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NYY@BOS: Pedroia belts a two-run shot for the lead

BOSTON -- It took until the first day of September, but the Red Sox at last lost a series to their rivals.

The Yankees were downright relentless with their offensive approach on Thursday night at Fenway, and they were rewarded by grinding their way to a 4-2 victory over the Red Sox in the rubber match of this three-game series.

"They played better than us," said second baseman Dustin Pedroia. "Long games -- we're all tired. Tonight, we just didn't swing the bats that well. We move on and try to win tomorrow."

With Boston clinging to a half-game lead in the American League East, it sure seems possible -- if not probable -- that a three-game set at Yankee Stadium from Sept. 23-25 could decide the division.

Both teams are highly likely to make the postseason, as the Yankees lead the Rays by 8 1/2 games in the AL Wild Card standings.

"I try to concern ourselves about us," said manager Terry Francona. "I don't even know where they go play [next]. They're a good team. Our record is almost identical. We'll see the next five or six weeks what happens. It will be fun."

Even on a night when the Yankees worked five Boston pitchers for 203 pitches over a game that lasted four hours and 21 minutes, the Sox gave themselves a big chance in the bottom of the ninth.

Jed Lowrie opened the frame against future Hall of Fame closer Mariano Rivera with a walk. With two outs, Jacoby Ellsbury drew a free pass. Marco Scutaro, who has had some big hits against Rivera in his career, came through with an opposite-field single to right to load them up with two outs.

Up stepped Adrian Gonzalez, who has 103 RBIs, but Rivera finished the game with a 1-2 cutter that looked unhittable. Gonzalez, thinking it was low, passed. Home-plate umpire Alfonso Marquez called strike three, and that was that.

"That pitch was down," said Gonzalez. "I should still be hitting. It's a 2-2 count."

Catcher Russell Martin, who delivered the game-winning hit, couldn't have asked from a better pitch from his closer.

"You couldn't place the ball better," said Martin. "It was down and away, hit the corner, and there's not really much you can do with that pitch. You can't drive that pitch. It's just one of those pitches where, as a hitter, you've got to tip your cap to that guy."

It was a situation the Red Sox will take their chances with again.

"Yeah, we had the right guy up," Pedroia said. "That's the guy we want up there. Mariano is tough. We'll take those at-bats with Adrian any time."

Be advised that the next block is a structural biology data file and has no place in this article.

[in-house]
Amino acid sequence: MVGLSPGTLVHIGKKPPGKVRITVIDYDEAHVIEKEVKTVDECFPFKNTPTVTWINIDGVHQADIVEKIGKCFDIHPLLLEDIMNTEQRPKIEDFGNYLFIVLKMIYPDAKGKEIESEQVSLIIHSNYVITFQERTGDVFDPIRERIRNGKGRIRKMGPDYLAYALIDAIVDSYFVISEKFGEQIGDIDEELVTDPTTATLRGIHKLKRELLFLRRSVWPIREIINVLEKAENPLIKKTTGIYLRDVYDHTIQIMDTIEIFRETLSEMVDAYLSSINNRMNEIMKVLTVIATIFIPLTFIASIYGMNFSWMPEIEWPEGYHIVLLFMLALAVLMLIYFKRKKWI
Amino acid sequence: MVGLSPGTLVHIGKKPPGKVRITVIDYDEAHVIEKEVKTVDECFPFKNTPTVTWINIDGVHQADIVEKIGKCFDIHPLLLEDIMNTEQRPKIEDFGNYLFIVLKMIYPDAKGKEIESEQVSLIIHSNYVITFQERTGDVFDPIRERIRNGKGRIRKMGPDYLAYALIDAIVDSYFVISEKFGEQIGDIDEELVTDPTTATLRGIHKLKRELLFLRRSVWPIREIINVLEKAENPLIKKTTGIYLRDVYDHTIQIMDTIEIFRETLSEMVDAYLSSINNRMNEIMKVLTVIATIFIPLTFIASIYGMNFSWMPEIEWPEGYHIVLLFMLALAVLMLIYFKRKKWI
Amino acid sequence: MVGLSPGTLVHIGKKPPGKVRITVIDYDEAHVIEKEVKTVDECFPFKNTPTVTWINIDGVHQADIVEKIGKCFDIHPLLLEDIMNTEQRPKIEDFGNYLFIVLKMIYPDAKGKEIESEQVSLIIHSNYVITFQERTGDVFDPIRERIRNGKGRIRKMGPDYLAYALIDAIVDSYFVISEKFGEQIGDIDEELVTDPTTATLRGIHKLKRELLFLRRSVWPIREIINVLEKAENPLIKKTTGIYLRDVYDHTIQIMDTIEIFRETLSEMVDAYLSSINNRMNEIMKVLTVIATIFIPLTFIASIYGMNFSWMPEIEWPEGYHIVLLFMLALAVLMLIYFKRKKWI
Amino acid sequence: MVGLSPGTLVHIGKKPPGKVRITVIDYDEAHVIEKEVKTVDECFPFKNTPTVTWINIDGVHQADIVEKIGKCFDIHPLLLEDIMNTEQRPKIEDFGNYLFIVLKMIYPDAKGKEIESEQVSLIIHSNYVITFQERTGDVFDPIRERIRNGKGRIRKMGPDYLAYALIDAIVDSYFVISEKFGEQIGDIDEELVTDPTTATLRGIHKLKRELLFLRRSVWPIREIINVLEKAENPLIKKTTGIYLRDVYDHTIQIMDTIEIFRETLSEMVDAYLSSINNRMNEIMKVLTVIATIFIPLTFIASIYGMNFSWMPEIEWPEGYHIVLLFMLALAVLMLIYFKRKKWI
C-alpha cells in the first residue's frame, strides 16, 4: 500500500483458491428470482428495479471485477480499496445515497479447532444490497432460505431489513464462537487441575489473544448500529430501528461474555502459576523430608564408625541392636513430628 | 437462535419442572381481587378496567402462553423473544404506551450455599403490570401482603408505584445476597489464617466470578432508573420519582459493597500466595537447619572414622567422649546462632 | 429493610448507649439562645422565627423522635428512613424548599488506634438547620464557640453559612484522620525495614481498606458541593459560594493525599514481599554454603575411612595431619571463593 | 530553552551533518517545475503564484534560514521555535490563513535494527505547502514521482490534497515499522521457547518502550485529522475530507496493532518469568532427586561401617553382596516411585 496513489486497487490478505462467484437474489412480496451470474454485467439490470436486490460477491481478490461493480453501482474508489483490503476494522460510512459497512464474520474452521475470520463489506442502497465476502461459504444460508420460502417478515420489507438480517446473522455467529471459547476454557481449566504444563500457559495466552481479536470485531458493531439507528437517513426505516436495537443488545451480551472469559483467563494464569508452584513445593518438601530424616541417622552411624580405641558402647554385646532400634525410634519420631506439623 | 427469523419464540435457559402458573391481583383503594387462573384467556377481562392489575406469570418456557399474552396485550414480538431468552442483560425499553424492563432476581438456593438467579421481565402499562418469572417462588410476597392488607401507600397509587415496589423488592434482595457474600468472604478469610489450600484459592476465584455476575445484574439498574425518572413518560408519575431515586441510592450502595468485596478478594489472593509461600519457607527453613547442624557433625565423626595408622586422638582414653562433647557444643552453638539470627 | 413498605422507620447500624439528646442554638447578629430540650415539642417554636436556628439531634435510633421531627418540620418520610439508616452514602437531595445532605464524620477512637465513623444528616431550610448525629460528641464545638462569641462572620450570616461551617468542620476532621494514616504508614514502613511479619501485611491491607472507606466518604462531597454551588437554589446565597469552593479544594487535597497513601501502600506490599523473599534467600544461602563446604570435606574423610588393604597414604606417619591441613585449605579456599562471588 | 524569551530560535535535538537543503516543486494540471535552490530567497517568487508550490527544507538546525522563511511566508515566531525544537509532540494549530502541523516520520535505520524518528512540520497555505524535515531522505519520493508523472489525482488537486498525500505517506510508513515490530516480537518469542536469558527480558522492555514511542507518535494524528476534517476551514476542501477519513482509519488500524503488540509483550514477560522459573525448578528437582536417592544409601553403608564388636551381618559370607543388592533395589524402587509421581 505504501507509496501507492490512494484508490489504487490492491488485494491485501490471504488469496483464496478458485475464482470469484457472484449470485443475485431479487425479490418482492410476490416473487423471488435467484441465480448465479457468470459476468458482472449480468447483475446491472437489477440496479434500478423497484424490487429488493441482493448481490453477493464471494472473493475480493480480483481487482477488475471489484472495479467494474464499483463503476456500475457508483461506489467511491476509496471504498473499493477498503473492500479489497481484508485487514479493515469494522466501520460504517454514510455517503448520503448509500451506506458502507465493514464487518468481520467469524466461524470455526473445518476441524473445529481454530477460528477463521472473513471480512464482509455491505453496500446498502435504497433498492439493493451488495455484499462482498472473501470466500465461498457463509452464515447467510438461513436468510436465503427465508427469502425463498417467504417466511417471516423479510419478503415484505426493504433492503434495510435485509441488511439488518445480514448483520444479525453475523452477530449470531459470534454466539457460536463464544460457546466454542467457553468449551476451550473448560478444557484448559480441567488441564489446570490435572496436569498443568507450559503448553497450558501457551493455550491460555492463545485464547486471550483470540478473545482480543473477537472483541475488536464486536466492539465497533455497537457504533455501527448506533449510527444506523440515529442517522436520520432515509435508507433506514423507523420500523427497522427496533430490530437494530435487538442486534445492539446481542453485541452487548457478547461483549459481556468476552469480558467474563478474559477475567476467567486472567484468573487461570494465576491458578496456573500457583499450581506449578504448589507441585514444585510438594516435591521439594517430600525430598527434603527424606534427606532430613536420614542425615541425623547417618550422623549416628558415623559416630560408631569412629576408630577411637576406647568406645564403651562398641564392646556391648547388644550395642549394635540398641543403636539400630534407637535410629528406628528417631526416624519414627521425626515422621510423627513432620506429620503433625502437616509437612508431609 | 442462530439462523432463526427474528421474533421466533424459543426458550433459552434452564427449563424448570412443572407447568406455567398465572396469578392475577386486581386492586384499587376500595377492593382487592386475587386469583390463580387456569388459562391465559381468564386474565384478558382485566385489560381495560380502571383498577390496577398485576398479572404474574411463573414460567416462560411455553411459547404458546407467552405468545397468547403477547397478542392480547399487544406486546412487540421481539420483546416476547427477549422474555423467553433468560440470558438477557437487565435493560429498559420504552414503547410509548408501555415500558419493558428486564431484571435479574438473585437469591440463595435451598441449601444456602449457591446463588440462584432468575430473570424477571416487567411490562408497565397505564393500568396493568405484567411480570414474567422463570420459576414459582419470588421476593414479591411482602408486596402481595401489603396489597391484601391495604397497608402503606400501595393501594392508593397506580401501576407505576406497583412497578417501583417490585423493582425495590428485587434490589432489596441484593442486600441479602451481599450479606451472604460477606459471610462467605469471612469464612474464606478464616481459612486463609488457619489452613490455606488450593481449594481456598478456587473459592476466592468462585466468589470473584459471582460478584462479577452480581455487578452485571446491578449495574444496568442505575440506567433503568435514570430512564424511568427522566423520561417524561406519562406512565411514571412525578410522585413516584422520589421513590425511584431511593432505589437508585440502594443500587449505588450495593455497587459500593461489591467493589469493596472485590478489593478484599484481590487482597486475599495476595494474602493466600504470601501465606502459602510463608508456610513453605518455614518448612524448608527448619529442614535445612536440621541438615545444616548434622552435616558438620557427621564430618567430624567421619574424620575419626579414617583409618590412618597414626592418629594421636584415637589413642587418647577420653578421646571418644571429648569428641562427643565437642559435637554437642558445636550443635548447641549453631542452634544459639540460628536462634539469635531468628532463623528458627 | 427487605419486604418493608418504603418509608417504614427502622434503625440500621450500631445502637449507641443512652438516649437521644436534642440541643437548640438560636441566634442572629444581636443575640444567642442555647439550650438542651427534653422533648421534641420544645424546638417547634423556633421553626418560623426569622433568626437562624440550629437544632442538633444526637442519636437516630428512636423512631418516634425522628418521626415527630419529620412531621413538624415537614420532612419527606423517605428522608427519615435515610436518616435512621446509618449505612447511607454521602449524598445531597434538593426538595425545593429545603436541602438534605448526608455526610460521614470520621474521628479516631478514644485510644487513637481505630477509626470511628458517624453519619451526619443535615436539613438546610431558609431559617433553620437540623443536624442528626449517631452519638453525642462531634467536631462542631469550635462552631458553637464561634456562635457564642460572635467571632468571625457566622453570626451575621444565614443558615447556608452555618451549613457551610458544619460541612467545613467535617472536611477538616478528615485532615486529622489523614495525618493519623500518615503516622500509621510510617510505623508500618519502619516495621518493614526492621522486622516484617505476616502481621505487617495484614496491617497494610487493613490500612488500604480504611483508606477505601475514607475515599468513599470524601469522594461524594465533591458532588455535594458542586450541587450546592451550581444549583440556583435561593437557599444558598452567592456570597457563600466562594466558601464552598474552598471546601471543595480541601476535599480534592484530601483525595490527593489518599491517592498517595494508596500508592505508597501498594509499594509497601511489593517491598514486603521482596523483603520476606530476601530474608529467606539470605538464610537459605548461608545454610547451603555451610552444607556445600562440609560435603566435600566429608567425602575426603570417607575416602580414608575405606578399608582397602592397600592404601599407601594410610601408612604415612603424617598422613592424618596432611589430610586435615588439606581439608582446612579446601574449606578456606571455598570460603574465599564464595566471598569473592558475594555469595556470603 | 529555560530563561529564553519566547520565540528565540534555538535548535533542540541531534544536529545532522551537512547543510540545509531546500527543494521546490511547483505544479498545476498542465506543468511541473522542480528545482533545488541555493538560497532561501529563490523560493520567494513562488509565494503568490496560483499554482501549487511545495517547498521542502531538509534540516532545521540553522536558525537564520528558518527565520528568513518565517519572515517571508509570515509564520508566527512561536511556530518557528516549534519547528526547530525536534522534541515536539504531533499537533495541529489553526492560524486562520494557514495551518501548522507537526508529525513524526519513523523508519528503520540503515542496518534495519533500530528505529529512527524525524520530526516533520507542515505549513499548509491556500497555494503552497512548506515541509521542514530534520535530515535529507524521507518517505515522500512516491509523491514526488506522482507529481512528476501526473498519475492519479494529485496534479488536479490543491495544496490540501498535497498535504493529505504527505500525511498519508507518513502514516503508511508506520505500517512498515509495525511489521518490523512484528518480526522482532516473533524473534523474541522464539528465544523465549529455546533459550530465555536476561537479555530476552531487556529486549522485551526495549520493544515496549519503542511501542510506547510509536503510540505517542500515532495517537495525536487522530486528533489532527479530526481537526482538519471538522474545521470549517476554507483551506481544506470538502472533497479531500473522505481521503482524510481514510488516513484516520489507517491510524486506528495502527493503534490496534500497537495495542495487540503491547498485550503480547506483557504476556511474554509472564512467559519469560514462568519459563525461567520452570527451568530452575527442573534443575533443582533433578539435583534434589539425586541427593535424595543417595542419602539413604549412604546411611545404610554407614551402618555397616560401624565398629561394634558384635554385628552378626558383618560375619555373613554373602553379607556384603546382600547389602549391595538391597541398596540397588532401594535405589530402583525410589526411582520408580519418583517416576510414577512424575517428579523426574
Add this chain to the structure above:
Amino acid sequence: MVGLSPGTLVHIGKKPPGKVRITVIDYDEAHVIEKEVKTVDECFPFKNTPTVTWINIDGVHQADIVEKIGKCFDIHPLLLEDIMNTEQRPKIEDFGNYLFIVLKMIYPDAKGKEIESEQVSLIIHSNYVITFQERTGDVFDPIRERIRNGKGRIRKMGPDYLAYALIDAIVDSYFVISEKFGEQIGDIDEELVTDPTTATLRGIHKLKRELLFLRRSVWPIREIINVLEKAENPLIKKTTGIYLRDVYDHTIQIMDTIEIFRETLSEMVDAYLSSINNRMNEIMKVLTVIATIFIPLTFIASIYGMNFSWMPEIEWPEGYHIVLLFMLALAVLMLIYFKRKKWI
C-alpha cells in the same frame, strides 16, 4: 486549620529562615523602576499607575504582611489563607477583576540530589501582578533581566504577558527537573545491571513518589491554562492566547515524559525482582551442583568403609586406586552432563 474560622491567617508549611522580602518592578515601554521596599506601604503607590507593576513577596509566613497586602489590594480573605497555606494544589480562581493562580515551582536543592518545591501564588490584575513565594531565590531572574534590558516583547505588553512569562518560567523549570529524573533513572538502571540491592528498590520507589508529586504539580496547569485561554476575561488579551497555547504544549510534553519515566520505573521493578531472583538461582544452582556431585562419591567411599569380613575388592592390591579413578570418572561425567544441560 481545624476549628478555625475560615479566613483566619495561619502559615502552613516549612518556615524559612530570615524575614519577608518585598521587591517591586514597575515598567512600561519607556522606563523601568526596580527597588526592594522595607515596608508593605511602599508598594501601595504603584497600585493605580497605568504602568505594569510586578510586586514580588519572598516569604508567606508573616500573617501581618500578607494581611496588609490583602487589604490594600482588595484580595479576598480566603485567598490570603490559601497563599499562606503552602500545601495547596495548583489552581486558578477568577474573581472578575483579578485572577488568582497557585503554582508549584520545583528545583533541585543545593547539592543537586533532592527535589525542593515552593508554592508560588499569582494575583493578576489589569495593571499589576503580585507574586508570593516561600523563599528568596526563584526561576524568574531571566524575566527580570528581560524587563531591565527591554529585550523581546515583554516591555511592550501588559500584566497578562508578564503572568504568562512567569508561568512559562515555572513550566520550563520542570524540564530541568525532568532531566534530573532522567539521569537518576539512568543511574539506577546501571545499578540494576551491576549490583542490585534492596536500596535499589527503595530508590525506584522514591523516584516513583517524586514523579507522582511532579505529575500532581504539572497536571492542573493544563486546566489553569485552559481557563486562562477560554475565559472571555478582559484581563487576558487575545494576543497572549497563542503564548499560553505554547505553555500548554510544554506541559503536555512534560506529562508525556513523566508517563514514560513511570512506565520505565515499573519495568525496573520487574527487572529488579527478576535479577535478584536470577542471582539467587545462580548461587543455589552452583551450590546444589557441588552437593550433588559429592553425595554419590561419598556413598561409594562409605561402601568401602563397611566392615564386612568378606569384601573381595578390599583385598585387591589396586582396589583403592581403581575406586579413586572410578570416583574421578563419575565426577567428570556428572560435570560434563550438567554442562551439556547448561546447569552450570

Alfredo Aceves and Daniel Bard, two of Boston's most dependable relievers this season, couldn't hold the 2-1 lead that Jon Lester departed with after five innings.

For the Sox, the game unraveled in the top of the seventh. With one out, Aceves issued a 14-pitch walk to Andruw Jones. The righty then hit Jesus Montero -- just barely. As Francona typically does when his team is in a bind, he went to ace setup man Bard.

For one of the few times this season, the righty did not come through. Martin hit Bard's 97-mph fastball for a two-run double to right-center, putting the Yankees back in the lead at 3-2. Entering the game, Bard had allowed only three of 29 inherited runners to score.

"The 1-2 pitch I thought was a pretty good pitch, maybe an inch off," said Bard. "I guess he got it right, but it was a good pitcher's pitch. On 3-2, threw him a really good slider that he was able stay back on and foul off. Then, obviously the next fastball just caught too much of the plate. So I thought I made two really good two-strike pitches, just didn't put him away.

Eric Chavez followed with a pinch-hit RBI single to right to make it a two-run lead.

The Red Sox never recovered.

Lester had one of the most trying innings of his career in the top of the first, throwing 44 pitches, but allowing just one run. In the inning, Lester gave up three hits and a walk while facing seven batters. Robinson Cano's RBI double to left accounted for the run.

"A lot of foul balls, a lot of long at-bats, and that's what you get with these guys," said Lester.

Despite throwing all those pitches early, Lester was able to grind out five innings and was in position to earn the win. He gave up seven hits and a run, walking three and striking out six. Lester threw 114 pitches, 73 for strikes.

"That was the theme tonight -- just hanging in there, minimizing damage. I ended up making pitches when I had to," Lester said. "Really, two hard-hit balls and 114 pitches later, I could only get through five."

A.J. Burnett held the Sox down early, but Pedroia came up with a big hit in the bottom of the fourth, belting a two-run shot to center to put Boston in front at 2-1.

Aside from that, Burnett came up big for the Yankees, holding the Sox to five hits over 5 1/3 innings.

In 22 days, the teams meet again. Chances are, they will still be neck and neck in the AL East.

"We're similar in a lot of ways," Bard said. "Two of the best offenses in the league. The rotations are looking kind of similar. We both have really good bullpens. Similar teams, both really good teams."

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